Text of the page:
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PSM Recommendations

Open Recommendations for PSM modernization

Investigations Recipient Record Number Recommendation Text
Donaldson Enterprises, Inc. Fatal Fireworks Disassembly Explosion and Fire Federal Acquisition Regulatory Council 2011-6-I-HI-R1 Establish an additional contractor responsibility determination requirement under Subpart 9.104-1 of the Federal Acquisition Regulation (FAR) addressing contractor safety performance. The analysis under this requirement should focus on incident prevention, and environmental and system safety. At a minimum, the language should specifically require the review of a prospective contractor’s: • Environmental and safety programs; • Safety record and incident history; • Ability to use safe methods for any work involving hazardous materials (including explosives); and • Suitable training and qualifications for the personnel involved in the work including prior relevant safety experience.
Tesoro Refinery Fatal Explosion and Fire U.S. Environmental Protection Agency (EPA) 2010-8-I-WA-R01 Revise the Chemical Accident Prevention Provisions under 40 CFR Part 68 to require the documented use of inherently safer systems analysis and the hierarchy of controls to the greatest extent feasible when facilities are establishing safeguards for identified process hazards. The goal shall be to reduce the risk of major accidents to the greatest extent practicable, to be interpreted as equivalent to as low as reasonably practicable (ALARP). Include requirements for inherently safer systems analysis to be automatically triggered for all management of change, incident investigation, and process hazard analysis reviews and recommendations, prior to the construction of a new process, process unit rebuilds, significant process repairs, and in the development of corrective actions.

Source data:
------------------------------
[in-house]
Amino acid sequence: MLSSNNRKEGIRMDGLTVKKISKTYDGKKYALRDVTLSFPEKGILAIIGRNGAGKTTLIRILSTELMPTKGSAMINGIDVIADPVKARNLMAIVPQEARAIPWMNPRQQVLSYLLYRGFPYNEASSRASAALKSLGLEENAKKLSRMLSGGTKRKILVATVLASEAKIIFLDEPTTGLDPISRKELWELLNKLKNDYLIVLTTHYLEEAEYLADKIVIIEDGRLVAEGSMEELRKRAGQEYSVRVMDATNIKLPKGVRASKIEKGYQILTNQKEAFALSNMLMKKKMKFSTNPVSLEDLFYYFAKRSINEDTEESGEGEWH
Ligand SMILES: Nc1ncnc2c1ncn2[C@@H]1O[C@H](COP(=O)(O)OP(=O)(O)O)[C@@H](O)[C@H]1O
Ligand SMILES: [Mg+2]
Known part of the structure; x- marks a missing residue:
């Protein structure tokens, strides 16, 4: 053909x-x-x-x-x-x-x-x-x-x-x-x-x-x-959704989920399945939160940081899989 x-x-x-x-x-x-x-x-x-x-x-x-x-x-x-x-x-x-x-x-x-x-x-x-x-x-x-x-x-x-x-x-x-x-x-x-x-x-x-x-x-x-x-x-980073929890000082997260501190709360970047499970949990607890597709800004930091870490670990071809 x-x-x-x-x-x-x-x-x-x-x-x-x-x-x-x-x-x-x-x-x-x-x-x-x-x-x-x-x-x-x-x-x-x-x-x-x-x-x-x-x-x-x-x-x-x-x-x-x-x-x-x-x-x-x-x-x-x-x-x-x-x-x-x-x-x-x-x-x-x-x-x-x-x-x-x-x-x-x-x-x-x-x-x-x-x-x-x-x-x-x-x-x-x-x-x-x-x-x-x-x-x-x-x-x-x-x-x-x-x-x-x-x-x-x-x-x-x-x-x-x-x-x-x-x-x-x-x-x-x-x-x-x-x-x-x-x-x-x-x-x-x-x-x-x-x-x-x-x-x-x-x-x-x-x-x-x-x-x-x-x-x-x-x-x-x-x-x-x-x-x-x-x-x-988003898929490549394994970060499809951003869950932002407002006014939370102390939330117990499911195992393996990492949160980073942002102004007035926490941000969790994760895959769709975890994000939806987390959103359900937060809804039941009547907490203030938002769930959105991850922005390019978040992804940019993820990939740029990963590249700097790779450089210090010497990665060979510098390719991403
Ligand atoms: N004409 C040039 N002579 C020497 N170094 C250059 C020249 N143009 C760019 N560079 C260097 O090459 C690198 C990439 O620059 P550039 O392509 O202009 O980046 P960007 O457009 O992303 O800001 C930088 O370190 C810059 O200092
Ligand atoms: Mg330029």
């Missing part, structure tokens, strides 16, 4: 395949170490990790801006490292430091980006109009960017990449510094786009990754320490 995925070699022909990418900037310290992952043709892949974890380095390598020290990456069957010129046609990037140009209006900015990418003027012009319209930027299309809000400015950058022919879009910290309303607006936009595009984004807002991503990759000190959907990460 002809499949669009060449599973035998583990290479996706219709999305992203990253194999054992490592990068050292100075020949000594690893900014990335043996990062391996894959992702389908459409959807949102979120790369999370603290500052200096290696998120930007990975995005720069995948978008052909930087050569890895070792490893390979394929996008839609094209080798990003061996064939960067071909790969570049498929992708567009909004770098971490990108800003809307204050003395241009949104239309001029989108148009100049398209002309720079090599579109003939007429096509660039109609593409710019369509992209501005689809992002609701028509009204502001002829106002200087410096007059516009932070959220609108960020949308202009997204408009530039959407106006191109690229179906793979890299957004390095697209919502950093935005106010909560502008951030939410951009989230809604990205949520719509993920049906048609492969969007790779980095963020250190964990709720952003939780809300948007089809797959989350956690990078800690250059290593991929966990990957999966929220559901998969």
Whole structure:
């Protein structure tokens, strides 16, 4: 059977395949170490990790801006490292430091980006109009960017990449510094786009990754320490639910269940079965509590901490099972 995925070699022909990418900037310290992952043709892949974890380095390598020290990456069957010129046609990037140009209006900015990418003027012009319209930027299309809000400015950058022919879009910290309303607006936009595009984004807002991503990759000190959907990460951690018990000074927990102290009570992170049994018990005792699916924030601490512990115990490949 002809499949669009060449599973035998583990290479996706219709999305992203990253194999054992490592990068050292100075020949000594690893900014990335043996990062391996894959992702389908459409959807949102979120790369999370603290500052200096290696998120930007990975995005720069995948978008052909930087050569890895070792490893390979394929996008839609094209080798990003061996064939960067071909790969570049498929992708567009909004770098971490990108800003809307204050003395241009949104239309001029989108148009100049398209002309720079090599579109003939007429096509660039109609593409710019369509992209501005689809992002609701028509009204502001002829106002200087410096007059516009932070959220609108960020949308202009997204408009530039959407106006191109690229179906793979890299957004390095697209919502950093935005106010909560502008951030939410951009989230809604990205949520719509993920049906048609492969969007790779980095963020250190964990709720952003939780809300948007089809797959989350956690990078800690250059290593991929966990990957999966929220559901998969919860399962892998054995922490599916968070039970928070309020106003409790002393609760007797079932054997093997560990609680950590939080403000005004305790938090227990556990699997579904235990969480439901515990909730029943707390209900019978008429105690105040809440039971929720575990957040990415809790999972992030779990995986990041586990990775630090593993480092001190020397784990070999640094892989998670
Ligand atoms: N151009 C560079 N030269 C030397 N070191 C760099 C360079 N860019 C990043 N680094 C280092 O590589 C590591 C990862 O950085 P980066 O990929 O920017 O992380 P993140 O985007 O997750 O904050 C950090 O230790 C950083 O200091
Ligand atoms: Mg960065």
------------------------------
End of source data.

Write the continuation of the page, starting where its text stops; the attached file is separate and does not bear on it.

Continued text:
2010-8-I-WA-R02 Until Recommendation 2010-08-I-WA-R1 is in effect, enforce through the Clean Air Act’s General Duty Clause, section 112(r)(1), 42 U.S.C.§7412(r)(1) the use of inherently safer systems analysis and the hierarchy of controls to the greatest extent feasible when facilities are establishing safeguards for identified process hazards.
2010-8-I-WA-R03 Develop guidance for the required use of inherently safer systems analysis and the hierarchy of controls for enforcement under 40 CFR Part 68 and the Clean Air Act’s General Duty Clause, section 112(r)(1),42 U.S.C. §7412(r)(1).
2010-8-I-WA-R04 Effectively participate in the Tesoro Anacortes Refinery process safety culture survey oversight committee as recommended under recommendation 2010-08-I-WA-R15. Incorporate the expertise of process safety culture experts in the development and interpretation of the safety culture surveys. Ensure the effective participation of the workforce and their representatives in the development of the surveys and the implementation of corrective actions.